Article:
This is the measure to ensure that the image of this great nation is maintain, we want you to know that we have a list of contractors from the British/American fraudster listing and also from our local source here we have list of people that have been defrauded based on money claimed to be in one security company or the other .
Please you are advised to desist from all emails coming from this part of the continent because this individuals are still at large and have access to governmental documents and we need also need your assistance to curb this act menacing our world. all correspondence should also be sent by mail as this is the surest way of communication: email@example.com
Thanking you for your audience
Long Life the Federal Republic of Nigeria
Special Aid Anti-fraud/Debt Reconciliation Committee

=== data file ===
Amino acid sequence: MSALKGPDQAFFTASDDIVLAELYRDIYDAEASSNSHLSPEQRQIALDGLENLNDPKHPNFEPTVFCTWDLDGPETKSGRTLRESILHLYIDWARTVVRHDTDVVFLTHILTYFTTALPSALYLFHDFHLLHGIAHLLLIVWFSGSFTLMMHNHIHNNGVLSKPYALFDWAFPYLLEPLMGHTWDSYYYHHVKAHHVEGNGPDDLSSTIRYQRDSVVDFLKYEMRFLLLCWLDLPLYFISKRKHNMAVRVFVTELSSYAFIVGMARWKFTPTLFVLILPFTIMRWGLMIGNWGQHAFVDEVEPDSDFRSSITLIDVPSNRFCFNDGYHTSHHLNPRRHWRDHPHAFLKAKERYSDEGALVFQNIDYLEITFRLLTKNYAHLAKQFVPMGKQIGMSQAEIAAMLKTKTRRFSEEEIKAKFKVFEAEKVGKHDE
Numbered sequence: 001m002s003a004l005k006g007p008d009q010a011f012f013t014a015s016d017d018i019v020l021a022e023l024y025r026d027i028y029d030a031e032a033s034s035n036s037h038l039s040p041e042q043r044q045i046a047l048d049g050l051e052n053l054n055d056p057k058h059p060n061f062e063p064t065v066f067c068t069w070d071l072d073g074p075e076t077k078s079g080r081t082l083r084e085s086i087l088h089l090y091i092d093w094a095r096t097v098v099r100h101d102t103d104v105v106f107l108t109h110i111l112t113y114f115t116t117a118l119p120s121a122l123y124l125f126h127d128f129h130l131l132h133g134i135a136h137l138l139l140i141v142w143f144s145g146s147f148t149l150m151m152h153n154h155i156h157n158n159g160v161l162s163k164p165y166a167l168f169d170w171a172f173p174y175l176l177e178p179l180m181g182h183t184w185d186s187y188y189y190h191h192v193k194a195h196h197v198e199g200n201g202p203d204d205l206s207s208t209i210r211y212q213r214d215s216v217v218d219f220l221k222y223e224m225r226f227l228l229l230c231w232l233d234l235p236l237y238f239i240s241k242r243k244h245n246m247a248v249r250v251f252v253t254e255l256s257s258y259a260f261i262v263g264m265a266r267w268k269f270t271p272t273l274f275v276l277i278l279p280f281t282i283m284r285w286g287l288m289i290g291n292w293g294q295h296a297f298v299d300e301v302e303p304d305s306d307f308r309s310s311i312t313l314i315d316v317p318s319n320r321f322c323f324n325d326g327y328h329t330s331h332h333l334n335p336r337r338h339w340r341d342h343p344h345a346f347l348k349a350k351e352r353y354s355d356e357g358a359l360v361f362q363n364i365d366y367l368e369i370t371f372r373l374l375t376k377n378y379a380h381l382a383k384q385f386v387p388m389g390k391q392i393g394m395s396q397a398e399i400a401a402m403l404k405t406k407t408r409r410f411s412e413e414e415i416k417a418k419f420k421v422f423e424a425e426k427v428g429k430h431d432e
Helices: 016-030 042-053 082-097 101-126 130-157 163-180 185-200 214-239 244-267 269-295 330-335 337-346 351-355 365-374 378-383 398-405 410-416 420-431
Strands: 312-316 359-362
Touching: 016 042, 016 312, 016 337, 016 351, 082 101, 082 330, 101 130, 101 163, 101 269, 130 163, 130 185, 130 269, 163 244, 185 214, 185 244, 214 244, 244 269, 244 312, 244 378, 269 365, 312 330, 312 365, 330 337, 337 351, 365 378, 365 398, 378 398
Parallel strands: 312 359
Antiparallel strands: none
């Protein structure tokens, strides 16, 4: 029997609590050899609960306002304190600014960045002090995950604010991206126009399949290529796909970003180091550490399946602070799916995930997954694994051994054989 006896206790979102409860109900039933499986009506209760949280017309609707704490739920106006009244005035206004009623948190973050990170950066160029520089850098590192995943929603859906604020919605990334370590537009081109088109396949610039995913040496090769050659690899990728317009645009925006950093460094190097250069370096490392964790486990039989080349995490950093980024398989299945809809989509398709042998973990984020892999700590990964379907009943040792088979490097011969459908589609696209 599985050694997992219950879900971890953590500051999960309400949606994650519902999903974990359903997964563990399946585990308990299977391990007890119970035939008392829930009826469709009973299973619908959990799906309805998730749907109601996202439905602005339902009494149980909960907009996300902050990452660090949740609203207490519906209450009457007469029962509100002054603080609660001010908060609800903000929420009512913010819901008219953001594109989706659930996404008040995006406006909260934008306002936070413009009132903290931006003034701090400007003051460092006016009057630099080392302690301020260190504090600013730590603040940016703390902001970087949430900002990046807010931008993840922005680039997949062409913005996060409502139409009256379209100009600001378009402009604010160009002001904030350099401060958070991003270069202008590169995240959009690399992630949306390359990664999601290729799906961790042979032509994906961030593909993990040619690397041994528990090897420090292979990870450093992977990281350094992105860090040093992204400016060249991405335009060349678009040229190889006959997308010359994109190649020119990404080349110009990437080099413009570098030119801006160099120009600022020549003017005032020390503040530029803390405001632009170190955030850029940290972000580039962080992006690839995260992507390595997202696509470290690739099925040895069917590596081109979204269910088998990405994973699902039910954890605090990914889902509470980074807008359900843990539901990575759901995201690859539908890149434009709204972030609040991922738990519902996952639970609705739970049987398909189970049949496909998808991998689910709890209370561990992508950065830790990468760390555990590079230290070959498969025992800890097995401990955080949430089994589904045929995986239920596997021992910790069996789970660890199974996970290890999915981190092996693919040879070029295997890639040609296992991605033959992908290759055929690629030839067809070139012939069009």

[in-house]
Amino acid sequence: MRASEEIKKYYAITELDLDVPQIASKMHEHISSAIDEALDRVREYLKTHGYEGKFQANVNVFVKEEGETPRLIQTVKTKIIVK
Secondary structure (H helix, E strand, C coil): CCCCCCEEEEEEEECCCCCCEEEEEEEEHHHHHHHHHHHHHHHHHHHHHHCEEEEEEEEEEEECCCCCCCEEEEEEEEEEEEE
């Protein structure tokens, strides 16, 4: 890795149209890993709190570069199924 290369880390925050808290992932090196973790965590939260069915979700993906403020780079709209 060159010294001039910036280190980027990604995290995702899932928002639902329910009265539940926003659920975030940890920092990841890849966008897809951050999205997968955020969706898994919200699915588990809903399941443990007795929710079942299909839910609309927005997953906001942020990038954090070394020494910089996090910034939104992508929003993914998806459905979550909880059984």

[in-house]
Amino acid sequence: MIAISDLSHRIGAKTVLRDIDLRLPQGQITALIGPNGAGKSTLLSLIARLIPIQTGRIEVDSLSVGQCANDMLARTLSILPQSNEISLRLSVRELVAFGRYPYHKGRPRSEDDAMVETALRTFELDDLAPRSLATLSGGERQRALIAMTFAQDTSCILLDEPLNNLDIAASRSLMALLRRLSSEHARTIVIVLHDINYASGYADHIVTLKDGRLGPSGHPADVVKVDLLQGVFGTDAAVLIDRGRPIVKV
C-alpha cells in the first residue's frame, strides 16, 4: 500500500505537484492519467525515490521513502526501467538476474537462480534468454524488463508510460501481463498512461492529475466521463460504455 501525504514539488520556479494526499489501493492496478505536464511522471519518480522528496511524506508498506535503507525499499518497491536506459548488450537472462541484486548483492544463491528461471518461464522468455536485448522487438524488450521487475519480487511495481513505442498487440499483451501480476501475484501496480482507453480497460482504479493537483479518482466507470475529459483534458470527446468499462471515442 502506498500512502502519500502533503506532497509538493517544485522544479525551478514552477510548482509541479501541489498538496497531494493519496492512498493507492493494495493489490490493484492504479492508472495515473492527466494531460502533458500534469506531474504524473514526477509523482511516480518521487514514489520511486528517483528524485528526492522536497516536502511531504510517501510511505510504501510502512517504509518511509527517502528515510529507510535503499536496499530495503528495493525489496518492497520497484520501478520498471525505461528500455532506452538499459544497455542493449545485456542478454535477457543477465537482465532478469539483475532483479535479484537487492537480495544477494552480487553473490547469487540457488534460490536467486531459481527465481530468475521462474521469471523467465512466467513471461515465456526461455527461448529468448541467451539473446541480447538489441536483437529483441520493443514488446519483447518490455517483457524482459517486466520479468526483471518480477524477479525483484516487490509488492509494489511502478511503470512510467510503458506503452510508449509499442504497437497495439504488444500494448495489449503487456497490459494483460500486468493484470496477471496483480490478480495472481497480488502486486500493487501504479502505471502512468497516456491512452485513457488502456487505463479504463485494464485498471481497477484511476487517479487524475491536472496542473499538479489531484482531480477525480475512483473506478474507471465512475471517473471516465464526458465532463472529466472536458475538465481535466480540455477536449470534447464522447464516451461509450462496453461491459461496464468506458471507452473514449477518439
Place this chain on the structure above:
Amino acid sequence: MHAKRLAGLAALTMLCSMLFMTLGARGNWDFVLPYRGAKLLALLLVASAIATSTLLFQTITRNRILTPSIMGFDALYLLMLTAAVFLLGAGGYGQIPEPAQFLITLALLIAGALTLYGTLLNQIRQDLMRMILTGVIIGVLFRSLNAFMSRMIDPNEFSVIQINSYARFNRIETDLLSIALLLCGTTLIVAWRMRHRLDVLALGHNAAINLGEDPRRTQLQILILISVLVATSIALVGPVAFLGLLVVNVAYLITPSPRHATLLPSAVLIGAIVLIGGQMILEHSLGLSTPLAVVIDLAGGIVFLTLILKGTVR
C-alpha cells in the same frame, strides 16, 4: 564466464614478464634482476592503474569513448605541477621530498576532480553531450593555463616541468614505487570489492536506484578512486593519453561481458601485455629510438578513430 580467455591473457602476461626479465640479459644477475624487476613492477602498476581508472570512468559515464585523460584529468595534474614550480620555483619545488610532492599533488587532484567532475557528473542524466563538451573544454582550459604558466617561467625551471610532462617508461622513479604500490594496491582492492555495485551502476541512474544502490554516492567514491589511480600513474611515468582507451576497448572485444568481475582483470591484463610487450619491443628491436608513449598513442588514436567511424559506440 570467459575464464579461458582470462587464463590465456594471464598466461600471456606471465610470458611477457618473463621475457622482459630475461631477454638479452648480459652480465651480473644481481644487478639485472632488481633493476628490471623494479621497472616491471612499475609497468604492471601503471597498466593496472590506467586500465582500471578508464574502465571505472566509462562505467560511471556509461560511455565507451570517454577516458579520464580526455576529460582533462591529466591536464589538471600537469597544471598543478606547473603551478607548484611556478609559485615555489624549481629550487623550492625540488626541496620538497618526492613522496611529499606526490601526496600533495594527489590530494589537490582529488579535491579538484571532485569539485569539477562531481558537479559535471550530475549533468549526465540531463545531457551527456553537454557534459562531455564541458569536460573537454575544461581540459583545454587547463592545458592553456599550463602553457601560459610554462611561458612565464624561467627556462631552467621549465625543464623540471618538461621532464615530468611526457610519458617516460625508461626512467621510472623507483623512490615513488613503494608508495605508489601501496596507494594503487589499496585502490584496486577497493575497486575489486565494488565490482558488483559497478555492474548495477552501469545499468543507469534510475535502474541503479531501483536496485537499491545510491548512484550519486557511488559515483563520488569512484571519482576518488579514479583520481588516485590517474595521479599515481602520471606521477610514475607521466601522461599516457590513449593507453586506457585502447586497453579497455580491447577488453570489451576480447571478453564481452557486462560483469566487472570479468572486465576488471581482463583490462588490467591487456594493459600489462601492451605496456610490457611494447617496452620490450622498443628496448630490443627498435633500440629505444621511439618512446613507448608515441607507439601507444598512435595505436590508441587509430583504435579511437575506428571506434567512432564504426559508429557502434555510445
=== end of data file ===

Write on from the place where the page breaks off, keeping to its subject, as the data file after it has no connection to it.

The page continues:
This one was sent to Jordin Kare and asst’d other SF fans:
Date: Wed, 16 Oct 2002 04:03:24 -0700 (PDT)Go here for a last word on Nigerian scam letters. I’ll fix the link when Donald Davies fixes his, but for now just scroll down until you find “Dial 419 for fun”.
From: augustine ogwu
Subject: FROM AN AFRICAN WRITER OF SCIENCE FICTION AND FANTASY
I’m a writer of science fiction and fantasy. A publisher based in London approved one of my books for publication two years ago but I had to call off the deal when I realised they are vanity publishers. I have finally taken the decision to publish my novel, War of the Immortal Kinds, both in print and as an e-book. It is the first real fantasy novel ever to be published by an African and I do hereby request your financial support for the publication.
War of the Immortal Kinds adeptly depicts a Fantasy world governed by unearthly powers and the mystic. The work is also a celebration of nature and humanity in which the impotance of friendship and the pleasure of a life without material possessions was emphasized. I assure you that your support won’t be a waste. The book will surely hold the world spellbound. I will soon open a website where a short story, Beyond the Blue Sky, can be downloaded.
Augustine .k. Ogwu